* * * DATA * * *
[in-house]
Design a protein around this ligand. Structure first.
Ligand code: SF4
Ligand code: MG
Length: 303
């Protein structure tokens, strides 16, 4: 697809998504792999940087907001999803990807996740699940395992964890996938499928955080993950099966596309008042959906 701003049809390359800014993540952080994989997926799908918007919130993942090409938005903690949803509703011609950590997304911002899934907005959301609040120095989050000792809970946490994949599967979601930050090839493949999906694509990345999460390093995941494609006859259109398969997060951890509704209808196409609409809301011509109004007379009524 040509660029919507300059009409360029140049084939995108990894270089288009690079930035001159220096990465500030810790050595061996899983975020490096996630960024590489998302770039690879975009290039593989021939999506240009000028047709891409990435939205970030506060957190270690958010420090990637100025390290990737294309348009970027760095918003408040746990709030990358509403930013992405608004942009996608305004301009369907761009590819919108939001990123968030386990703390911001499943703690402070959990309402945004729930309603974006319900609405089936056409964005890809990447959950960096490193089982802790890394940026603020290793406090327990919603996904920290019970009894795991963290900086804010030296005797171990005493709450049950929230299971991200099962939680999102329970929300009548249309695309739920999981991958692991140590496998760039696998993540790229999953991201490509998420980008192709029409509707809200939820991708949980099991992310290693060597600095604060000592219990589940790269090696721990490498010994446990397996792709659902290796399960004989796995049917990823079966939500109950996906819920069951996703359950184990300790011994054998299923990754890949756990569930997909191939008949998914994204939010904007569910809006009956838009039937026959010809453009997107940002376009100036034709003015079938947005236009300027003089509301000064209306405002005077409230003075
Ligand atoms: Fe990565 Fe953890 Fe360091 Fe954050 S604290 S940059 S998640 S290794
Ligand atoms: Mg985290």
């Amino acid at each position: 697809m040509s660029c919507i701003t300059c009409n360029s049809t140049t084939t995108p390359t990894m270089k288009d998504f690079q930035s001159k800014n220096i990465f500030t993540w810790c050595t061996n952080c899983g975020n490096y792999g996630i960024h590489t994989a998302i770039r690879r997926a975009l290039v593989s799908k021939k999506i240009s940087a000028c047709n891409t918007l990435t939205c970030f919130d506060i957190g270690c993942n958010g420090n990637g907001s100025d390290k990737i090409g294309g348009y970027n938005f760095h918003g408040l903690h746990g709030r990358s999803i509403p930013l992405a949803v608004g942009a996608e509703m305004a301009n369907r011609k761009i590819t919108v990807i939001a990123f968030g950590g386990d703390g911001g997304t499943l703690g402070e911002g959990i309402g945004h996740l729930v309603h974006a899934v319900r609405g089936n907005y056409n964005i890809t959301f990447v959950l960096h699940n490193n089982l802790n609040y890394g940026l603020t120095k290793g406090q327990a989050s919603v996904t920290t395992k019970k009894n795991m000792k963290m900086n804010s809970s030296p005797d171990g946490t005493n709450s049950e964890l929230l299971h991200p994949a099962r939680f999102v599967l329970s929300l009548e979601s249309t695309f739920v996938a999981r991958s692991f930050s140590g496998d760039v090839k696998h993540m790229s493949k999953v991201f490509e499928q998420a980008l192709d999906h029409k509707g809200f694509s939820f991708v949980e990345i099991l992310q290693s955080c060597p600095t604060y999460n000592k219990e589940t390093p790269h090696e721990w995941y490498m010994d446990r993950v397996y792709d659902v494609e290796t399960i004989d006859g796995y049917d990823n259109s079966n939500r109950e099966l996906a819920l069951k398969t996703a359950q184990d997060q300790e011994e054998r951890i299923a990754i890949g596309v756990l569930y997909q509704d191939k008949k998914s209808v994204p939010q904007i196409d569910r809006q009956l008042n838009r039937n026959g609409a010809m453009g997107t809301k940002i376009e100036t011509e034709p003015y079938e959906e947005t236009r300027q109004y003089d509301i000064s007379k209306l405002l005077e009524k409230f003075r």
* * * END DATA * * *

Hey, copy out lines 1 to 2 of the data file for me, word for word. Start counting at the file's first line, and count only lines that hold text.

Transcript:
[in-house]
Design a protein around this ligand. Structure first.